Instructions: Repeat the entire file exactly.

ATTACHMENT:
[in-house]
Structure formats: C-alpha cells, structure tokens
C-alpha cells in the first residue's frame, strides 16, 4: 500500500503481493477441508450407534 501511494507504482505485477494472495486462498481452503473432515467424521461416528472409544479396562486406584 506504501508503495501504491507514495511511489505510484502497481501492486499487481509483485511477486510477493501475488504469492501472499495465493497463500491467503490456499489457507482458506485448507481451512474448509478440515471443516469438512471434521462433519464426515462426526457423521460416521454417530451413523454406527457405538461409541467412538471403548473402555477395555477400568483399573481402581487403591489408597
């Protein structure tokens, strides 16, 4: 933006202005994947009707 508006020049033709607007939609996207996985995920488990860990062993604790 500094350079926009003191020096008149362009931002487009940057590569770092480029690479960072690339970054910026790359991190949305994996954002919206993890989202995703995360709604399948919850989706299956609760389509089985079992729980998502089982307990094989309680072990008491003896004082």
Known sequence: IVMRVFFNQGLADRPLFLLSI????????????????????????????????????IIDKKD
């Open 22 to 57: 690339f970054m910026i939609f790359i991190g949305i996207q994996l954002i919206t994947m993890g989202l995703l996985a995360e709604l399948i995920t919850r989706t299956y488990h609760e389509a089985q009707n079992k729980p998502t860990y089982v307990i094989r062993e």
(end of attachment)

[in-house]
Structure formats: C-alpha cells, structure tokens
C-alpha cells in the first residue's frame, strides 16, 4: 500500500503481493477441508450407534 501511494507504482505485477494472495486462498481452503473432515467424521461416528472409544479396562486406584 506504501508503495501504491507514495511511489505510484502497481501492486499487481509483485511477486510477493501475488504469492501472499495465493497463500491467503490456499489457507482458506485448507481451512474448509478440515471443516469438512471434521462433519464426515462426526457423521460416521454417530451413523454406527457405538461409541467412538471403548473402555477395555477400568483399573481402581487403591489408597
């Protein structure tokens, strides 16, 4: 933006202005994947009707 508006020049033709607007939609996207996985995920488990860990062993604790 500094350079926009003191020096008149362009931002487009940057590569770092480029690479960072690339970054910026790359991190949305994996954002919206993890989202995703995360709604399948919850989706299956609760389509089985079992729980998502089982307990094989309680072990008491003896004082």
Known sequence: IVMRVFFNQGLADRPLFLLSI????????????????????????????????????IIDKKD
């Open 22 to 57: 690339f970054m910026i939609f790359i991190g949305i996207q994996l954002i919206t994947m993890g989202l995703l996985a995360e709604l399948i995920t919850r989706t299956y488990h609760e389509a089985q009707n079992k729980p998502t860990y089982v307990i094989r062993e």